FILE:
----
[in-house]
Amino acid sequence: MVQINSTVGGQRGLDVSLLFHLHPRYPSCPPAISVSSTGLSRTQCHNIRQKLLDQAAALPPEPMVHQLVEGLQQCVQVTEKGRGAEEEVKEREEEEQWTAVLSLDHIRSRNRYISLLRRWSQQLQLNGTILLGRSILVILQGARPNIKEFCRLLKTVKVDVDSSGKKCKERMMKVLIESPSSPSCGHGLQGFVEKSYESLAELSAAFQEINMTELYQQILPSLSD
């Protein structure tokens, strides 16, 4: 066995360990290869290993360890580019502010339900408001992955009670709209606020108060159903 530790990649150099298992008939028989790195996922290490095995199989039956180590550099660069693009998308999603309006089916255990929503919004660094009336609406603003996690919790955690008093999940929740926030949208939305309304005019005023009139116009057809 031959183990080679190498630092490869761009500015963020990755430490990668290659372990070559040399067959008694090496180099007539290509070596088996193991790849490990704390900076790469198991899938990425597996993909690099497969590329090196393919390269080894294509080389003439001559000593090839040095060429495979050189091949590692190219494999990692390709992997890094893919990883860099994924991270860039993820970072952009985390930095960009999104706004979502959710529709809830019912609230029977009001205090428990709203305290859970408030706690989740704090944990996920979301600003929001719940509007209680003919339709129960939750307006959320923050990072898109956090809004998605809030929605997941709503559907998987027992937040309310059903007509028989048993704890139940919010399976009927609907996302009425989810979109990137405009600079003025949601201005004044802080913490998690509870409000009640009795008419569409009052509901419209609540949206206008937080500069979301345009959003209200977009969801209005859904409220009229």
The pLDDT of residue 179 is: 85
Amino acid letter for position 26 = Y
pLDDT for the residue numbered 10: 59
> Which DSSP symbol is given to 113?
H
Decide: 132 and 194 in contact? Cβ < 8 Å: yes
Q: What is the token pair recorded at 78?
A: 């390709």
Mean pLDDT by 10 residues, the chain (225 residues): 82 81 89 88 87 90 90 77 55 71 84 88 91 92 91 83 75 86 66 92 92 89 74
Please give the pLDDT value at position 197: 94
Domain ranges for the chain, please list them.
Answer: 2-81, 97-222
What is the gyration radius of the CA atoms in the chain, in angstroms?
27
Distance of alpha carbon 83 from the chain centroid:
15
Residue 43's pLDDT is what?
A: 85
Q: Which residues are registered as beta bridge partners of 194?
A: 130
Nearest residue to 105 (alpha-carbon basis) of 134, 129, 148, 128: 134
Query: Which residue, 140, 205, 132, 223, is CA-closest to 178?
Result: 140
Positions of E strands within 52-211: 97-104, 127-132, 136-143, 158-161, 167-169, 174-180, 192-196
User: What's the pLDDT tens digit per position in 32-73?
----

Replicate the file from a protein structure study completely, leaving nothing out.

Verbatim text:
[in-house]
Amino acid sequence: MVQINSTVGGQRGLDVSLLFHLHPRYPSCPPAISVSSTGLSRTQCHNIRQKLLDQAAALPPEPMVHQLVEGLQQCVQVTEKGRGAEEEVKEREEEEQWTAVLSLDHIRSRNRYISLLRRWSQQLQLNGTILLGRSILVILQGARPNIKEFCRLLKTVKVDVDSSGKKCKERMMKVLIESPSSPSCGHGLQGFVEKSYESLAELSAAFQEINMTELYQQILPSLSD
């Protein structure tokens, strides 16, 4: 066995360990290869290993360890580019502010339900408001992955009670709209606020108060159903 530790990649150099298992008939028989790195996922290490095995199989039956180590550099660069693009998308999603309006089916255990929503919004660094009336609406603003996690919790955690008093999940929740926030949208939305309304005019005023009139116009057809 031959183990080679190498630092490869761009500015963020990755430490990668290659372990070559040399067959008694090496180099007539290509070596088996193991790849490990704390900076790469198991899938990425597996993909690099497969590329090196393919390269080894294509080389003439001559000593090839040095060429495979050189091949590692190219494999990692390709992997890094893919990883860099994924991270860039993820970072952009985390930095960009999104706004979502959710529709809830019912609230029977009001205090428990709203305290859970408030706690989740704090944990996920979301600003929001719940509007209680003919339709129960939750307006959320923050990072898109956090809004998605809030929605997941709503559907998987027992937040309310059903007509028989048993704890139940919010399976009927609907996302009425989810979109990137405009600079003025949601201005004044802080913490998690509870409000009640009795008419569409009052509901419209609540949206206008937080500069979301345009959003209200977009969801209005859904409220009229």
The pLDDT of residue 179 is: 85
Amino acid letter for position 26 = Y
pLDDT for the residue numbered 10: 59
> Which DSSP symbol is given to 113?
H
Decide: 132 and 194 in contact? Cβ < 8 Å: yes
Q: What is the token pair recorded at 78?
A: 């390709």
Mean pLDDT by 10 residues, the chain (225 residues): 82 81 89 88 87 90 90 77 55 71 84 88 91 92 91 83 75 86 66 92 92 89 74
Please give the pLDDT value at position 197: 94
Domain ranges for the chain, please list them.
Answer: 2-81, 97-222
What is the gyration radius of the CA atoms in the chain, in angstroms?
27
Distance of alpha carbon 83 from the chain centroid:
15
Residue 43's pLDDT is what?
A: 85
Q: Which residues are registered as beta bridge partners of 194?
A: 130
Nearest residue to 105 (alpha-carbon basis) of 134, 129, 148, 128: 134
Query: Which residue, 140, 205, 132, 223, is CA-closest to 178?
Result: 140
Positions of E strands within 52-211: 97-104, 127-132, 136-143, 158-161, 167-169, 174-180, 192-196
User: What's the pLDDT tens digit per position in 32-73?